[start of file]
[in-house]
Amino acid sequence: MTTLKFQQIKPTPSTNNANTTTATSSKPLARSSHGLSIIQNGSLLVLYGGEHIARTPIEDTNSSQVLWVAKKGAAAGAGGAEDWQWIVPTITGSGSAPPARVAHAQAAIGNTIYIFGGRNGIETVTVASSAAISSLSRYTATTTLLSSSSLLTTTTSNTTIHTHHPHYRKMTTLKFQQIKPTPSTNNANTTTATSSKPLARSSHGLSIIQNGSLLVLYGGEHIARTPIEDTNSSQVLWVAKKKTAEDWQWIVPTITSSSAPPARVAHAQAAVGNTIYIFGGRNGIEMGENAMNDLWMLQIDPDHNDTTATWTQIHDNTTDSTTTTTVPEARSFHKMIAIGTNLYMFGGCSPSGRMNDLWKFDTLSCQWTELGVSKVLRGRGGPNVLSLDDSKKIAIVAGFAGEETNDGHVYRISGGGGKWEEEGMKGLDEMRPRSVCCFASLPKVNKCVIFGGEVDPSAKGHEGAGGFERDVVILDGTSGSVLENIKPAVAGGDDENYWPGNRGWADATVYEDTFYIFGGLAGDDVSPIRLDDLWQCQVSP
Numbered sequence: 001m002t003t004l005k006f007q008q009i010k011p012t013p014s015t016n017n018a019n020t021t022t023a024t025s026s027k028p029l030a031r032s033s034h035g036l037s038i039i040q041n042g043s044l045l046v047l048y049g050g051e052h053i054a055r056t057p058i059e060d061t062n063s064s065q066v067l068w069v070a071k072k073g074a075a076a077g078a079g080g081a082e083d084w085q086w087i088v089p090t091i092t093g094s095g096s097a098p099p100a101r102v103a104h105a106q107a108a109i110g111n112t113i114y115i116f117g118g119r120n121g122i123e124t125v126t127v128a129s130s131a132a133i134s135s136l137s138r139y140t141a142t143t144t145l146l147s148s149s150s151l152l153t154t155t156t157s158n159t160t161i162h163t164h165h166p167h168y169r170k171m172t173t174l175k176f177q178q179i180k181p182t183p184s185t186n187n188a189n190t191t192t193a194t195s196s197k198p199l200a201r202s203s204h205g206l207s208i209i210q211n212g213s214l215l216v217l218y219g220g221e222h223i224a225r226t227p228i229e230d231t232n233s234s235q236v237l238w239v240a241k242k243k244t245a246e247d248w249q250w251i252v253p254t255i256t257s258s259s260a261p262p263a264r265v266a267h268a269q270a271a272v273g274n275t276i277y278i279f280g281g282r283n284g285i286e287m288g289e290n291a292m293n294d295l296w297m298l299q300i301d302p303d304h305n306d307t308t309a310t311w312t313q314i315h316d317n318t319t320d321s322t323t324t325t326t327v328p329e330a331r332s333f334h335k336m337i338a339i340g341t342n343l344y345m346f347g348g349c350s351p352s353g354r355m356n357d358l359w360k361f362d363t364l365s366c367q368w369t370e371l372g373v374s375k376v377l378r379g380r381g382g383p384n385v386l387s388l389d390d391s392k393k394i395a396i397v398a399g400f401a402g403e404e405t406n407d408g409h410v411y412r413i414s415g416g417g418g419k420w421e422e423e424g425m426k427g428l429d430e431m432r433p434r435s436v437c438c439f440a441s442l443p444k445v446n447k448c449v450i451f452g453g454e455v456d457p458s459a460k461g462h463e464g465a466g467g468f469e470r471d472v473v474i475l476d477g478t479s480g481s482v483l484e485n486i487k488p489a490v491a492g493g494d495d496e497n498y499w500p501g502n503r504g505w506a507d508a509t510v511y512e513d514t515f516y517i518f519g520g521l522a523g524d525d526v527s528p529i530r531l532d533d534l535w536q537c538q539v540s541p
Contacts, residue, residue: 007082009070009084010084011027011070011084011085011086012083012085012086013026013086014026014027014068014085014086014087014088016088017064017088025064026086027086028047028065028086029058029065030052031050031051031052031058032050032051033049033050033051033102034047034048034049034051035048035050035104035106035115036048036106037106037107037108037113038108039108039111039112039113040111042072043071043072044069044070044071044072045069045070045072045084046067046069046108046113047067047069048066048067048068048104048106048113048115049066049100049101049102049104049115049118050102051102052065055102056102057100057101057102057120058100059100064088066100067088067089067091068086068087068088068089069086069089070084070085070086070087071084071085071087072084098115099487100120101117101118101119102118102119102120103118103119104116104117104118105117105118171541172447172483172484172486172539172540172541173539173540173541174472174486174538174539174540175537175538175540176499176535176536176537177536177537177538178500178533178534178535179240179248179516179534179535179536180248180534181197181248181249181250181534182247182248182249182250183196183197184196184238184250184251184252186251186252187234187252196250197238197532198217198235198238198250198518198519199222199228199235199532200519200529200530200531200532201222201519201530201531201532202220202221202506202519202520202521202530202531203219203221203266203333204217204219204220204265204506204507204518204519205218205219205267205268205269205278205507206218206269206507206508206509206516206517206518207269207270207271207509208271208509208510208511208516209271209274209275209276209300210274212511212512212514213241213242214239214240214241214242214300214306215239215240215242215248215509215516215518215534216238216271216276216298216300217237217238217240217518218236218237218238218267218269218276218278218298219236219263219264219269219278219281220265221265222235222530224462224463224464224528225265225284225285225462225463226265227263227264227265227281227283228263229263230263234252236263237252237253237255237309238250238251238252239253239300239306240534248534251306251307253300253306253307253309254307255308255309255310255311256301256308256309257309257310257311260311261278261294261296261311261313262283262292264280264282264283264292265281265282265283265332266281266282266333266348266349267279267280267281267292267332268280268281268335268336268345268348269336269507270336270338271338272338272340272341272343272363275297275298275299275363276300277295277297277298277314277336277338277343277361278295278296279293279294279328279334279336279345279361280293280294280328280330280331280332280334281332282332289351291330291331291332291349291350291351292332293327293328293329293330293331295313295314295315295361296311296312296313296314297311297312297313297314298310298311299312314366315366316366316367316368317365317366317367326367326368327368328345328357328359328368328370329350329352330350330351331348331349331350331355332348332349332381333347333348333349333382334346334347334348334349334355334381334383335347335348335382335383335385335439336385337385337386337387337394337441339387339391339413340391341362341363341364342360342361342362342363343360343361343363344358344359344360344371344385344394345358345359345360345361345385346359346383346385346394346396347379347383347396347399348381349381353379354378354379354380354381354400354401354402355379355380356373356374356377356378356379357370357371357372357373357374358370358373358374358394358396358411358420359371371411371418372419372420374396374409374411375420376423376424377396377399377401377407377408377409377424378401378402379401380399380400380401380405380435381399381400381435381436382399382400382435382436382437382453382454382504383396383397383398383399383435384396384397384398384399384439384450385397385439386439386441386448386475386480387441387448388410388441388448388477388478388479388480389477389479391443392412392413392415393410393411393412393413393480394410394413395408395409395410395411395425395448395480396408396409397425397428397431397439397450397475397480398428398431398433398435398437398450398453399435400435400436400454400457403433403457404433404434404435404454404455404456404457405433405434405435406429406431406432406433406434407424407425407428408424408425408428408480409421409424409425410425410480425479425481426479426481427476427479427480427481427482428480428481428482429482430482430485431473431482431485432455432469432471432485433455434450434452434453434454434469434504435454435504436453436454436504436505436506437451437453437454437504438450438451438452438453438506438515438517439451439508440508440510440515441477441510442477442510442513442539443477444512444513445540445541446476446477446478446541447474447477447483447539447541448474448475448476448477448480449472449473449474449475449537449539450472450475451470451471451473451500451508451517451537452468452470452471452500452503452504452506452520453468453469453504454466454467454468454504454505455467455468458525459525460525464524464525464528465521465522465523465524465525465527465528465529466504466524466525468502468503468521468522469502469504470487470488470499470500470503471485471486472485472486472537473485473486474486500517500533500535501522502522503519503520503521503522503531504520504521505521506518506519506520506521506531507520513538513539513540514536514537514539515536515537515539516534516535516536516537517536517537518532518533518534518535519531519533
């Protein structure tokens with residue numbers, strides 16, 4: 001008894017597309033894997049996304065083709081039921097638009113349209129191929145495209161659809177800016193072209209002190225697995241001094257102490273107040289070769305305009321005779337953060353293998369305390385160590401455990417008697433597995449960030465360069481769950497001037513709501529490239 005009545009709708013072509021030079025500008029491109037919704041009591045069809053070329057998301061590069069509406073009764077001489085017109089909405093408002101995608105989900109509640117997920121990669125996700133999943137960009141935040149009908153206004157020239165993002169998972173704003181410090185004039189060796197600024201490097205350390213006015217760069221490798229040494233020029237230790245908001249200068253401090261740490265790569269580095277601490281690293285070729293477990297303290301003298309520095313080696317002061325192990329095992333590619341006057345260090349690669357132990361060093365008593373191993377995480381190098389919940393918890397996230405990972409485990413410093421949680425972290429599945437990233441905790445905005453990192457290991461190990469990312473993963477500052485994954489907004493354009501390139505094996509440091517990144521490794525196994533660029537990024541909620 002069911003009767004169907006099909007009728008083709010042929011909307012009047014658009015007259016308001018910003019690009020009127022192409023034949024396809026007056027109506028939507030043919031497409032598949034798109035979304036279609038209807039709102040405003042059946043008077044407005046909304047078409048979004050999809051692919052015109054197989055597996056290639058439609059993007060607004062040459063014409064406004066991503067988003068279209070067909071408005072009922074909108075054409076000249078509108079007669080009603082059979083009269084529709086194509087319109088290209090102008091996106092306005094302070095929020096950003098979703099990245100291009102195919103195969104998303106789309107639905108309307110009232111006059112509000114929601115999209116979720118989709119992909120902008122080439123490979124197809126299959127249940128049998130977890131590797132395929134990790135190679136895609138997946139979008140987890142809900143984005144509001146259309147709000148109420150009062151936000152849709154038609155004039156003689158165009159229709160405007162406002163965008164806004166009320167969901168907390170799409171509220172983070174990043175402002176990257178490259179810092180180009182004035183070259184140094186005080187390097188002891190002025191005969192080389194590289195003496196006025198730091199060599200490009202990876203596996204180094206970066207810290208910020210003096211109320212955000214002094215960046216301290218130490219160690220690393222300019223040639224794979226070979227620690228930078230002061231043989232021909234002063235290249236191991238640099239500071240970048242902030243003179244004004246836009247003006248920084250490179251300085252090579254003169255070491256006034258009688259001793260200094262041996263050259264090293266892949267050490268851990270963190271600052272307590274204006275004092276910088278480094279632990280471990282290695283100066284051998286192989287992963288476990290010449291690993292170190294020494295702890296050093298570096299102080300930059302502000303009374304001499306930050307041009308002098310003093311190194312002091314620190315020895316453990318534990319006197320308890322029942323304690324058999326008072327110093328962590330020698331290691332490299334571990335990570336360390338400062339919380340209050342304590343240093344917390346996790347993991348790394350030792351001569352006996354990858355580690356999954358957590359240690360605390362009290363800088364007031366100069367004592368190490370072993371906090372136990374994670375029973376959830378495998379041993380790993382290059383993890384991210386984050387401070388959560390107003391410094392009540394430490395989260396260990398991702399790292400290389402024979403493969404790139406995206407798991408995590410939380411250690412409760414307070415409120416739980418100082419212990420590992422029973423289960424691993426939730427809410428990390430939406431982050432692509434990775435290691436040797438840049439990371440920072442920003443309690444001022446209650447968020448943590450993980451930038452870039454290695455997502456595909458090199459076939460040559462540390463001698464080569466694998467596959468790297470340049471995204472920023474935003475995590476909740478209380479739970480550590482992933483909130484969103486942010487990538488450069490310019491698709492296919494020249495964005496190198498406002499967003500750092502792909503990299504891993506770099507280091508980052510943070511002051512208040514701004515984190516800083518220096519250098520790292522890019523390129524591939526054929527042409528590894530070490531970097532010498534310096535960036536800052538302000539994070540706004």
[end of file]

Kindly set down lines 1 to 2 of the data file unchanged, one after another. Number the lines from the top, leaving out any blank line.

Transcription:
[in-house]
Amino acid sequence: MTTLKFQQIKPTPSTNNANTTTATSSKPLARSSHGLSIIQNGSLLVLYGGEHIARTPIEDTNSSQVLWVAKKGAAAGAGGAEDWQWIVPTITGSGSAPPARVAHAQAAIGNTIYIFGGRNGIETVTVASSAAISSLSRYTATTTLLSSSSLLTTTTSNTTIHTHHPHYRKMTTLKFQQIKPTPSTNNANTTTATSSKPLARSSHGLSIIQNGSLLVLYGGEHIARTPIEDTNSSQVLWVAKKKTAEDWQWIVPTITSSSAPPARVAHAQAAVGNTIYIFGGRNGIEMGENAMNDLWMLQIDPDHNDTTATWTQIHDNTTDSTTTTTVPEARSFHKMIAIGTNLYMFGGCSPSGRMNDLWKFDTLSCQWTELGVSKVLRGRGGPNVLSLDDSKKIAIVAGFAGEETNDGHVYRISGGGGKWEEEGMKGLDEMRPRSVCCFASLPKVNKCVIFGGEVDPSAKGHEGAGGFERDVVILDGTSGSVLENIKPAVAGGDDENYWPGNRGWADATVYEDTFYIFGGLAGDDVSPIRLDDLWQCQVSP